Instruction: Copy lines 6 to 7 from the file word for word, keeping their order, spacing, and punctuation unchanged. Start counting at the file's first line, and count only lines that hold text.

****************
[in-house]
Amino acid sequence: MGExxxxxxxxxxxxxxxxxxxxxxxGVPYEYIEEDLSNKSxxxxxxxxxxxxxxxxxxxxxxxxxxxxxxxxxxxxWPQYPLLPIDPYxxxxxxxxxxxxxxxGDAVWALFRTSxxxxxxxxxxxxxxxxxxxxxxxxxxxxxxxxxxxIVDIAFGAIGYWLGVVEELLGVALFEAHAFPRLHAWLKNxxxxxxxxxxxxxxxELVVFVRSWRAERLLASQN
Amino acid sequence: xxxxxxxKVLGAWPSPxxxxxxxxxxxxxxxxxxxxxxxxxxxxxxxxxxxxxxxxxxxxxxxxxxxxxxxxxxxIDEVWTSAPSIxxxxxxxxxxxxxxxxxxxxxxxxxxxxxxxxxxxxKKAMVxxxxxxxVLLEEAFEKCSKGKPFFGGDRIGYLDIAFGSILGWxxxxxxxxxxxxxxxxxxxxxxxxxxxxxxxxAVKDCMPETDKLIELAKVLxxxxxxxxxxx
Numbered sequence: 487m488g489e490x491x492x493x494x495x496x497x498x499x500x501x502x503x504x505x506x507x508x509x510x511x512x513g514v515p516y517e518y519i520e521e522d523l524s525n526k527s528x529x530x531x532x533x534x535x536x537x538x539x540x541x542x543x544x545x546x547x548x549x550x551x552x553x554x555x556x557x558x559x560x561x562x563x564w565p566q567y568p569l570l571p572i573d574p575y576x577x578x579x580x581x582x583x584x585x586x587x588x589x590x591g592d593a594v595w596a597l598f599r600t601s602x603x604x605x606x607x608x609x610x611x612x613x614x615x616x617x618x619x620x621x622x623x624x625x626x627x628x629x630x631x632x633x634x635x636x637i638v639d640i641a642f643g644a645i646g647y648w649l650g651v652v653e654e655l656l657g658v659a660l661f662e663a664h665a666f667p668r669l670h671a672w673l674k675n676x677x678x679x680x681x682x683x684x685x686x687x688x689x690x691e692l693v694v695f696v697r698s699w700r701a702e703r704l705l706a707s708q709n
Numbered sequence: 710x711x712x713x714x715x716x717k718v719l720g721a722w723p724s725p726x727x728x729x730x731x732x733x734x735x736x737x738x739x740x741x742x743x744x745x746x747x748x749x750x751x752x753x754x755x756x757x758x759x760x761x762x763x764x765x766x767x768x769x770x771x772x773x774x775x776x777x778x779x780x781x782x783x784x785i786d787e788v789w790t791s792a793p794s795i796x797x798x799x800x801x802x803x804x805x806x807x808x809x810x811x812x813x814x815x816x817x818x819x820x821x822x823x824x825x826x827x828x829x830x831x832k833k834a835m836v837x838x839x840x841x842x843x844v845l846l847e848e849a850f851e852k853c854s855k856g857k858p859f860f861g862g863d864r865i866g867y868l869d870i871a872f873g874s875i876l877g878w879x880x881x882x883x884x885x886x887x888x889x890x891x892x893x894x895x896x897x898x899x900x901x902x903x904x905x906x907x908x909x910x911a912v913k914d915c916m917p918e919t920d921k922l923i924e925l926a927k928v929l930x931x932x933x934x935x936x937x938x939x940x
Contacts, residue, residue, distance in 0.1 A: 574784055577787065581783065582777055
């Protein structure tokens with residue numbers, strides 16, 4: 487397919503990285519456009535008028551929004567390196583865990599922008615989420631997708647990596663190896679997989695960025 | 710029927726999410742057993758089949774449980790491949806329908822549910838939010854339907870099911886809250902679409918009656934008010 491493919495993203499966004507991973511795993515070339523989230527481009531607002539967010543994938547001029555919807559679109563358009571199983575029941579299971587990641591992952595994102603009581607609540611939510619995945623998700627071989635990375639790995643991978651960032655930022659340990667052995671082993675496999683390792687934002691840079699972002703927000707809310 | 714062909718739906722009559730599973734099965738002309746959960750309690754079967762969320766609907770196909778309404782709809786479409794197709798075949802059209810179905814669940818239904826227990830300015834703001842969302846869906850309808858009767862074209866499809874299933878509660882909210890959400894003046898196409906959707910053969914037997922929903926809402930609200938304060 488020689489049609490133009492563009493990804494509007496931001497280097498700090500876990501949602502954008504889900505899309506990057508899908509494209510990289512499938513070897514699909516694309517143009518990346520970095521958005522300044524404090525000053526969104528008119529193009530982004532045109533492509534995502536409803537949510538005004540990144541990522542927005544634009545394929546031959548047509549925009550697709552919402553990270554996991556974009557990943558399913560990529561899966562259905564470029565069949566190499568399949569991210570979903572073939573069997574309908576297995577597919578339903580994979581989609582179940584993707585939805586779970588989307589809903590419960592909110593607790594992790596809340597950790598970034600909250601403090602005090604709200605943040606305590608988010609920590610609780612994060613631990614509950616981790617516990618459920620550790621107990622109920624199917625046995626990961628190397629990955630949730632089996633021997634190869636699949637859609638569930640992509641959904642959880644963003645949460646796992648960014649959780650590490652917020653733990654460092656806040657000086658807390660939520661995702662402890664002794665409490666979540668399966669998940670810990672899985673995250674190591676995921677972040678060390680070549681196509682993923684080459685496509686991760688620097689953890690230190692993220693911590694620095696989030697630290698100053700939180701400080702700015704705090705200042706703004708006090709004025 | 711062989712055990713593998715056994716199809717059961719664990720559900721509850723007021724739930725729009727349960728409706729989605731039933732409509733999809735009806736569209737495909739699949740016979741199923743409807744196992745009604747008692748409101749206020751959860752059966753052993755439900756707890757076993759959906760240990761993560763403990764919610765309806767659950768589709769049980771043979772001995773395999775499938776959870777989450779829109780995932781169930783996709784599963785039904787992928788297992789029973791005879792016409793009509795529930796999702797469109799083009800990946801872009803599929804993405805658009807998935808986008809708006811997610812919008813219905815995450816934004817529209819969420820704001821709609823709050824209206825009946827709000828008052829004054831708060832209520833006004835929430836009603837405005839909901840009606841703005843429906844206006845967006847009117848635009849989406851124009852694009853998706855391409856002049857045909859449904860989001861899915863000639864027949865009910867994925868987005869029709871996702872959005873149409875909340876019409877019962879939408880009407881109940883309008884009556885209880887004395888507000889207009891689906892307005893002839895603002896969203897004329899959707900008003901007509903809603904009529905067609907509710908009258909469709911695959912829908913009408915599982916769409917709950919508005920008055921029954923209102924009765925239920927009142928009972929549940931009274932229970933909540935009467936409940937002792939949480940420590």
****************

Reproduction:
Contacts, residue, residue, distance in 0.1 A: 574784055577787065581783065582777055
């Protein structure tokens with residue numbers, strides 16, 4: 487397919503990285519456009535008028551929004567390196583865990599922008615989420631997708647990596663190896679997989695960025 | 710029927726999410742057993758089949774449980790491949806329908822549910838939010854339907870099911886809250902679409918009656934008010 491493919495993203499966004507991973511795993515070339523989230527481009531607002539967010543994938547001029555919807559679109563358009571199983575029941579299971587990641591992952595994102603009581607609540611939510619995945623998700627071989635990375639790995643991978651960032655930022659340990667052995671082993675496999683390792687934002691840079699972002703927000707809310 | 714062909718739906722009559730599973734099965738002309746959960750309690754079967762969320766609907770196909778309404782709809786479409794197709798075949802059209810179905814669940818239904826227990830300015834703001842969302846869906850309808858009767862074209866499809874299933878509660882909210890959400894003046898196409906959707910053969914037997922929903926809402930609200938304060 488020689489049609490133009492563009493990804494509007496931001497280097498700090500876990501949602502954008504889900505899309506990057508899908509494209510990289512499938513070897514699909516694309517143009518990346520970095521958005522300044524404090525000053526969104528008119529193009530982004532045109533492509534995502536409803537949510538005004540990144541990522542927005544634009545394929546031959548047509549925009550697709552919402553990270554996991556974009557990943558399913560990529561899966562259905564470029565069949566190499568399949569991210570979903572073939573069997574309908576297995577597919578339903580994979581989609582179940584993707585939805586779970588989307589809903590419960592909110593607790594992790596809340597950790598970034600909250601403090602005090604709200605943040606305590608988010609920590610609780612994060613631990614509950616981790617516990618459920620550790621107990622109920624199917625046995626990961628190397629990955630949730632089996633021997634190869636699949637859609638569930640992509641959904642959880644963003645949460646796992648960014649959780650590490652917020653733990654460092656806040657000086658807390660939520661995702662402890664002794665409490666979540668399966669998940670810990672899985673995250674190591676995921677972040678060390680070549681196509682993923684080459685496509686991760688620097689953890690230190692993220693911590694620095696989030697630290698100053700939180701400080702700015704705090705200042706703004708006090709004025 | 711062989712055990713593998715056994716199809717059961719664990720559900721509850723007021724739930725729009727349960728409706729989605731039933732409509733999809735009806736569209737495909739699949740016979741199923743409807744196992745009604747008692748409101749206020751959860752059966753052993755439900756707890757076993759959906760240990761993560763403990764919610765309806767659950768589709769049980771043979772001995773395999775499938776959870777989450779829109780995932781169930783996709784599963785039904787992928788297992789029973791005879792016409793009509795529930796999702797469109799083009800990946801872009803599929804993405805658009807998935808986008809708006811997610812919008813219905815995450816934004817529209819969420820704001821709609823709050824209206825009946827709000828008052829004054831708060832209520833006004835929430836009603837405005839909901840009606841703005843429906844206006845967006847009117848635009849989406851124009852694009853998706855391409856002049857045909859449904860989001861899915863000639864027949865009910867994925868987005869029709871996702872959005873149409875909340876019409877019962879939408880009407881109940883309008884009556885209880887004395888507000889207009891689906892307005893002839895603002896969203897004329899959707900008003901007509903809603904009529905067609907509710908009258909469709911695959912829908913009408915599982916769409917709950919508005920008055921029954923209102924009765925239920927009142928009972929549940931009274932229970933909540935009467936409940937002792939949480940420590």